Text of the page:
April 25, 2015

Today started fairly normally in this part of the world. I got up, had breakfast and met my friend Susy so we could walk around the lake together (past all the construction work and LADOT cones). While we were walking and talking and I was occasionally coughing, my sister Roshan called with the shocking news that there had been a major earthquake in Nepal a few hours ago, and asking if I’d heard anything from our brother Alan. Alan is in Nepal staying on a farm just outside the city of Pokhara. The epicenter of the 7.9 earthquake was between Kathmandu and Pokhara, so we know it must have been strong where Alan is. We haven’t heard from Alan, and we can only hope that it’s because communication is down where he is, and not because he has been hurt or worse.

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Only two days ago, he and I were talking on his cell phone and had wonderfully clear reception, and last night he sent me a message on Facebook saying that he has booked his flight to Los Angeles in June. Modern technology has made international communication remarkably easy – except during such emergencies. Then we are cut off and have no way of reaching our loved ones who are in trouble. It is excruciating not knowing where he was when the earthquake hit – maybe having lunch in a café in Pokhara or sitting with his host family on the farm? – but also knowing how absolutely terrified he must have been (and may still be) and how alone he must be feeling without family and close friends. Nepal is one of the poorest countries in the world, so we know that not only will the devastation will be bad and that it will take a while for communication to be restored. There is nothing for my sister Roshan and me to do but wait until he finds a way to send us a message and tell us he’s ok. More than anything, that is what I am waiting for today and will probably be waiting for tomorrow and the next day.

In the meantime, there is only one thing I can give today that has any meaning. Not some object or item of that is cluttering my shelves or drawers or sitting in a pile on a shelf waiting for a new home. Not any object at all. The only thing I can give that could possibly help anyone in Nepal right now is money. Alan told me recently that what has made his time in Nepal so special has been getting to know and photograph the children he has met there. So, I chose a charity that I have trusted since my own childhood – Save the Children – and made a donation to them so that they can get aid to the children of Nepal as soon as possible (http://www.savethechildren.org/site/apps/nlnet/content2.aspx?c=8rKLIXMGIpI4E&b=9241341&ct=14615143&notoc=1). Hopefully we will hear soon from Alan that he is safe and well and has started taking his wonderful pictures of Nepal’s beautiful children again.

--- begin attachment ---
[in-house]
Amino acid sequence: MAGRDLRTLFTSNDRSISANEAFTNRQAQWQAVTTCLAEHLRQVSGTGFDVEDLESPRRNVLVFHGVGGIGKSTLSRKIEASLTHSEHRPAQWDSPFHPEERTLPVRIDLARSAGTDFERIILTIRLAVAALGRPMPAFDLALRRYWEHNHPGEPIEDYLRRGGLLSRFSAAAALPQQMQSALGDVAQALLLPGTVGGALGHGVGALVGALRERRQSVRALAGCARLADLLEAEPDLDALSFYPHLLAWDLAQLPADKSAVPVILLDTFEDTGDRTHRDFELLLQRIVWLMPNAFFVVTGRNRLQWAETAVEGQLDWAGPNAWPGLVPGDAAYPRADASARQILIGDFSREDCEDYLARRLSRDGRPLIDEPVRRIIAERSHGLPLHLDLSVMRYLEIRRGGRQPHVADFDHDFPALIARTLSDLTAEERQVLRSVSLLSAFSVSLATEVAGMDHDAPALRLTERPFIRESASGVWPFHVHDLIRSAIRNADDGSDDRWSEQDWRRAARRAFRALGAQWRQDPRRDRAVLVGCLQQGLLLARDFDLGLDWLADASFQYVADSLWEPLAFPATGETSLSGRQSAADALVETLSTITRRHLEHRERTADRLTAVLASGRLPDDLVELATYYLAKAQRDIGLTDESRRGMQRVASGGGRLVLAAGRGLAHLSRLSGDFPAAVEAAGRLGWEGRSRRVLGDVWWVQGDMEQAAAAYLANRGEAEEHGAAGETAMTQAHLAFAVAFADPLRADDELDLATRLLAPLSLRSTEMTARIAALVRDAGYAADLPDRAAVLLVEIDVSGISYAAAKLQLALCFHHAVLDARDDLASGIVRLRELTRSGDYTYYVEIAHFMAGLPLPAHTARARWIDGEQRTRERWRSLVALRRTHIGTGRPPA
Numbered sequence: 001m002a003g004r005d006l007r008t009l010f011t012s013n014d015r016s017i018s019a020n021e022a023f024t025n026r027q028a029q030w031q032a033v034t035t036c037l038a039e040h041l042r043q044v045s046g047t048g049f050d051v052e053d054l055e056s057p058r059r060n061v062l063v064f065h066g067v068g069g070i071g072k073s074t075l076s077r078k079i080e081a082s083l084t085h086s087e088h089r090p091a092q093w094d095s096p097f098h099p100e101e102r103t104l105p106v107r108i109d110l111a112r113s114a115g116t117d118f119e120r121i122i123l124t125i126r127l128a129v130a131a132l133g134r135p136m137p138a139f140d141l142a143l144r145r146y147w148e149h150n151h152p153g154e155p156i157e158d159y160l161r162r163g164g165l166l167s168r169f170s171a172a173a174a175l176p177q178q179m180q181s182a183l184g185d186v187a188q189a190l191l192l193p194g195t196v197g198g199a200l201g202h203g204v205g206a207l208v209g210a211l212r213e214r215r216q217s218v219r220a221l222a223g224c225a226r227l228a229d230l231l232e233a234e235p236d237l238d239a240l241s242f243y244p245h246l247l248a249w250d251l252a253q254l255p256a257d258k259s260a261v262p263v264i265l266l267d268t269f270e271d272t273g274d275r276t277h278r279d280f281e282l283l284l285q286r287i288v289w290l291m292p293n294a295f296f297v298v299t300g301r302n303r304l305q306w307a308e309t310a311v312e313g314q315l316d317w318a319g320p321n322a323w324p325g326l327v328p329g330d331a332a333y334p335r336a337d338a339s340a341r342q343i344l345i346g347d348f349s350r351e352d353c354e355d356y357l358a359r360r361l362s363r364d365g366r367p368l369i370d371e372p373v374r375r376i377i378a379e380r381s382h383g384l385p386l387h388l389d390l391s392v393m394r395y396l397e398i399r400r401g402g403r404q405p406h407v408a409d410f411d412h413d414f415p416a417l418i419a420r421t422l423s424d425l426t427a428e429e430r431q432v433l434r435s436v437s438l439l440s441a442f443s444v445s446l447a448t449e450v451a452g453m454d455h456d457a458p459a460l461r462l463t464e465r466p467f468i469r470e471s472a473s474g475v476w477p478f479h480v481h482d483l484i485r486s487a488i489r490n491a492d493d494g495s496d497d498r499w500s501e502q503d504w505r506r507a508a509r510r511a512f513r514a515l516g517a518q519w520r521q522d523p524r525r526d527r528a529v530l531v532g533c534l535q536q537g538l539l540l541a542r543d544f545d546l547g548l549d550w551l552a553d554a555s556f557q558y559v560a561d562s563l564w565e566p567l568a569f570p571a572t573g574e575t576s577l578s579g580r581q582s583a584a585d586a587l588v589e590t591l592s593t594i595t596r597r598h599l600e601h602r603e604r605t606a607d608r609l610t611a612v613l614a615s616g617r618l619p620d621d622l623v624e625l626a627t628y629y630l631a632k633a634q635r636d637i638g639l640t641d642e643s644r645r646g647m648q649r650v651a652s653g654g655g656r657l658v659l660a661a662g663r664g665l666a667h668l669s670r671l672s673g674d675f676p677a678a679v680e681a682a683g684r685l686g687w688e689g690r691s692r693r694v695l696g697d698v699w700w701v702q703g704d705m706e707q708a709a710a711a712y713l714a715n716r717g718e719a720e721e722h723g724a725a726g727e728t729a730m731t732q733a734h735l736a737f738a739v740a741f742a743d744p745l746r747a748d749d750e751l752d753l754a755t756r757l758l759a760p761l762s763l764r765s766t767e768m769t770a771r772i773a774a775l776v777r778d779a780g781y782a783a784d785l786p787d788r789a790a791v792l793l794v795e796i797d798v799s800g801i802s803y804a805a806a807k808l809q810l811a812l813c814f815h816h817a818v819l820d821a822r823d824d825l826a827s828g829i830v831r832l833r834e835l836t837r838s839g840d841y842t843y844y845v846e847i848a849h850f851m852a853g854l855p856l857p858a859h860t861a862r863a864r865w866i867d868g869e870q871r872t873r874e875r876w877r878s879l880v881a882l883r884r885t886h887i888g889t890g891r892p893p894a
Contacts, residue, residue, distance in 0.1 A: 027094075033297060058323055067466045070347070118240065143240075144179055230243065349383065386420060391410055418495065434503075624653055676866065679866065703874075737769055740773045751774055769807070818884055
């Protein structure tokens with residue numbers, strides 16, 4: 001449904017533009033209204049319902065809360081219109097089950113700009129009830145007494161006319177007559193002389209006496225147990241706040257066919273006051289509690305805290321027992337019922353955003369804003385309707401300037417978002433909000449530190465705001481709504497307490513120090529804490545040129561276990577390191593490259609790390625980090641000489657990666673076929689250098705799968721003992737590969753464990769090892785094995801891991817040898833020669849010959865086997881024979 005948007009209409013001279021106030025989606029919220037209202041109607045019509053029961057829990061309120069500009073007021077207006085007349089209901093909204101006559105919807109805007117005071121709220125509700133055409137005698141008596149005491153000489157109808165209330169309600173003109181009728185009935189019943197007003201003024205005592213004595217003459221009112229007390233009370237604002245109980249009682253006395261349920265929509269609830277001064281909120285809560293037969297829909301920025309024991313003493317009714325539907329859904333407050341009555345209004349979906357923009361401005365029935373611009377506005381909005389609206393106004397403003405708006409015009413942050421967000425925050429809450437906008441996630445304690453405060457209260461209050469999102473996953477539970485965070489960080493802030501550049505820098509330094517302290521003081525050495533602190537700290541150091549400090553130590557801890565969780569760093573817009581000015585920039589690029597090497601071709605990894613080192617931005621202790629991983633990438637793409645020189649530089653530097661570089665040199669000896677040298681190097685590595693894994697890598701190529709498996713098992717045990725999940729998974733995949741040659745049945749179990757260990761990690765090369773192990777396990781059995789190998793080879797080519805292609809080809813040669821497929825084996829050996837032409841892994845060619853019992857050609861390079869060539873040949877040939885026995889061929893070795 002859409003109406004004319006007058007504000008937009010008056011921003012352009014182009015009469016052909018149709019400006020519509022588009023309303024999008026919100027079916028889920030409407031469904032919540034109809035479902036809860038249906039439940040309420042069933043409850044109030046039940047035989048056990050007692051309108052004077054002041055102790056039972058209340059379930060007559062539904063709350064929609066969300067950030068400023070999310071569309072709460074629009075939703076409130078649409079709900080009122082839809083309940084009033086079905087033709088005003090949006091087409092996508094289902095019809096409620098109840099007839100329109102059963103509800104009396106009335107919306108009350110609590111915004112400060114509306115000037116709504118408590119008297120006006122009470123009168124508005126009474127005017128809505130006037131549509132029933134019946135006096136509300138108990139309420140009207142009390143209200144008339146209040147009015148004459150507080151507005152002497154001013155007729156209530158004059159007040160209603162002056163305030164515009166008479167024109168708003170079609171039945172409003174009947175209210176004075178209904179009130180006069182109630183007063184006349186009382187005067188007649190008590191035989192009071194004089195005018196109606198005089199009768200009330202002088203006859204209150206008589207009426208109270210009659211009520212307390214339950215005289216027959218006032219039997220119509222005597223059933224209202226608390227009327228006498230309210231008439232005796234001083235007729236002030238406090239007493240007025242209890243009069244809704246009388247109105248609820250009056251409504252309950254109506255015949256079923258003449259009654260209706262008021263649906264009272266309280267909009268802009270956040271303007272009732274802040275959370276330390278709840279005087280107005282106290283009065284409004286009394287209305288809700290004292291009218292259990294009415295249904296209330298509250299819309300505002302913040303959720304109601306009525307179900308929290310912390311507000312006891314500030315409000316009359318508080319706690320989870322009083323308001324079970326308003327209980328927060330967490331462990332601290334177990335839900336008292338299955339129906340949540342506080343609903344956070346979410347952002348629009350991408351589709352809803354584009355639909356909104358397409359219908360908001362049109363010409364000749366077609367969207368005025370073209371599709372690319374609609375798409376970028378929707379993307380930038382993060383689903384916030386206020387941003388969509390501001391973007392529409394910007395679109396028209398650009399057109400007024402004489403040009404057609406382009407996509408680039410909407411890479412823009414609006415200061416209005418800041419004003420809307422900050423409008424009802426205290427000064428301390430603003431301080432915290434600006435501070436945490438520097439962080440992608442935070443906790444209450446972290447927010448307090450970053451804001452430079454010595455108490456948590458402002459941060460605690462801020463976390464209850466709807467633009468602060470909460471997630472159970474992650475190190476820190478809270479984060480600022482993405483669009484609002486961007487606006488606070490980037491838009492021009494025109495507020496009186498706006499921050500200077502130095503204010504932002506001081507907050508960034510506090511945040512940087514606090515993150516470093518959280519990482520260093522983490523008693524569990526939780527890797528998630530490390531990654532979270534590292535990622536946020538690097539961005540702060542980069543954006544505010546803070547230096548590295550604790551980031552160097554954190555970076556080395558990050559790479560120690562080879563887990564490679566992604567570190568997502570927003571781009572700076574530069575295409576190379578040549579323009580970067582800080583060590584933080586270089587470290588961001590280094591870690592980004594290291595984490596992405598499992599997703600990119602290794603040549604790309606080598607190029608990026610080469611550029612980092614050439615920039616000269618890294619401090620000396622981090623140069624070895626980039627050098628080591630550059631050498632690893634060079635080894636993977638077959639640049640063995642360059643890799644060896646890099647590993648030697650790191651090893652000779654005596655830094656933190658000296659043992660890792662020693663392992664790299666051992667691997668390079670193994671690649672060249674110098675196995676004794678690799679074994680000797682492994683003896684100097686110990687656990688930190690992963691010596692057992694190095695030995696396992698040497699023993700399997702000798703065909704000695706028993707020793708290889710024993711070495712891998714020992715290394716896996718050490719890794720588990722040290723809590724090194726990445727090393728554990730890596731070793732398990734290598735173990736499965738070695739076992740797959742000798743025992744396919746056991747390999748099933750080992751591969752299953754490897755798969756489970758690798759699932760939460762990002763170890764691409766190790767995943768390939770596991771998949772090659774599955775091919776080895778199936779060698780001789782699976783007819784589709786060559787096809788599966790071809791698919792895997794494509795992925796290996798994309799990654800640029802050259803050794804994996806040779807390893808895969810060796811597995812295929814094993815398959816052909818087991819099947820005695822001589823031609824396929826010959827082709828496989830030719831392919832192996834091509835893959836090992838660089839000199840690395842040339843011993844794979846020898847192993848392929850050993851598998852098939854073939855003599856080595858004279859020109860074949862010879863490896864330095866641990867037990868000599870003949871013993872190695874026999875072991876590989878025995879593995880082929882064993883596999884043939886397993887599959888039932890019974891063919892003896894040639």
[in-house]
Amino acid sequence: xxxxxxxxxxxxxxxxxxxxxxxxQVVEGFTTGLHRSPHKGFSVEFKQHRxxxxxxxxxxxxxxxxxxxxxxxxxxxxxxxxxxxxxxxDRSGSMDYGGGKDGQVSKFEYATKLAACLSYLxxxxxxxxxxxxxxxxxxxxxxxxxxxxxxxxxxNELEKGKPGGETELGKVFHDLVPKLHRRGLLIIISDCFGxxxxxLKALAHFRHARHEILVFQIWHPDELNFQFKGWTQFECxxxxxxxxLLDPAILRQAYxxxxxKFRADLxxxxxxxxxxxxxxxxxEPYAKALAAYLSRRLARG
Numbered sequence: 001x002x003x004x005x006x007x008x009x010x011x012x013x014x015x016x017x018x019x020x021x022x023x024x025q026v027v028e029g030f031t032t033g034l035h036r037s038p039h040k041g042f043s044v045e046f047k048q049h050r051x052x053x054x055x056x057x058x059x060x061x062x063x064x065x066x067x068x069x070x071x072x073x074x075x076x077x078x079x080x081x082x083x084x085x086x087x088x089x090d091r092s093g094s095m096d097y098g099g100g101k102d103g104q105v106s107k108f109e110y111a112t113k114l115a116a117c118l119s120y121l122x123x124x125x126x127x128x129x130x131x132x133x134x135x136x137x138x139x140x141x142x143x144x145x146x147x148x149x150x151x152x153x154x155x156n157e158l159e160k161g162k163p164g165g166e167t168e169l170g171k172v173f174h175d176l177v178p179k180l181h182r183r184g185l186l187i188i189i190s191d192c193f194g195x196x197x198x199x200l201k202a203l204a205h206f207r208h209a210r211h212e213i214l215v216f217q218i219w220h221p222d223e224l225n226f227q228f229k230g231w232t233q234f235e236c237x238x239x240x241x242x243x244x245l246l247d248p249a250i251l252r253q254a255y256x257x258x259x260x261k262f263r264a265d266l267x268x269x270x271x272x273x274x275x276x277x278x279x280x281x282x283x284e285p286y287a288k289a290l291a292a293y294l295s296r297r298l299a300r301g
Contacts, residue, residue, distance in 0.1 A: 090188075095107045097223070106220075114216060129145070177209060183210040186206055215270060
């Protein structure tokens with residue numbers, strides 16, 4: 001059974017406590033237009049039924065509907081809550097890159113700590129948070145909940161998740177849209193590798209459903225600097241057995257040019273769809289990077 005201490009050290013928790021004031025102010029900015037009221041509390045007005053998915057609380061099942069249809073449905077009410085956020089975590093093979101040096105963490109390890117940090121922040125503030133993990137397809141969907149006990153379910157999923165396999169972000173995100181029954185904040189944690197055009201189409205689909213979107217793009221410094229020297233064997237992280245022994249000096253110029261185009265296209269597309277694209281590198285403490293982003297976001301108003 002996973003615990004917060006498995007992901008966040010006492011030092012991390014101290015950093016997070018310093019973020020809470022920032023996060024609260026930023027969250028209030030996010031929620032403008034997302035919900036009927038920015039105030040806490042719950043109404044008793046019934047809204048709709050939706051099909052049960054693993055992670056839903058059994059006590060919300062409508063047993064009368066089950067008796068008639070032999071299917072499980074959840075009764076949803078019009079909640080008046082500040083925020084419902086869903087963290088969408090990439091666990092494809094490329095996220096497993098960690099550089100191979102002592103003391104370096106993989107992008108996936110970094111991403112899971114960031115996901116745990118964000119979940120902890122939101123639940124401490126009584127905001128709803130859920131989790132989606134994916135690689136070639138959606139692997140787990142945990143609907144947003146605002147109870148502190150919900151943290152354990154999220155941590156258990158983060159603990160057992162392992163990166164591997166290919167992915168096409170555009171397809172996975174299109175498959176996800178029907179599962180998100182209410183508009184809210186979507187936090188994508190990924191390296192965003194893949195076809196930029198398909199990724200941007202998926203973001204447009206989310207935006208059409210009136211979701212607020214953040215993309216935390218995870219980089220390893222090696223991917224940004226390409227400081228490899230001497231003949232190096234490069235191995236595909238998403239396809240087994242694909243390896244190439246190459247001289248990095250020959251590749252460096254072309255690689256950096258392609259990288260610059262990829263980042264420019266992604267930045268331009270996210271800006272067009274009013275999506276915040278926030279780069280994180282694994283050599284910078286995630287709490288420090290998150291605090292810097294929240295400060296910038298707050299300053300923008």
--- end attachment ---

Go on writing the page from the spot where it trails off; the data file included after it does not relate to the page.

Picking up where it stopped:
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3 thoughts on “April 25, 2015

  1. Oh! I’m so sorry to hear. I had no idea that Alan is in Nepal. I will definitely donate towards the efforts there and stay vigilant to hear any word about Alan. My most positive thoughts going out, with love.

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  2. I just got through to Alan. He’s ok. He’s near Pokhara, which wasn’t as badly damaged as Kathmandu. He said it was pretty scary but all of the people he is with are ok. We are so relieved about him. Still deeply saddened about the rest of the country and continue to send out love their way.

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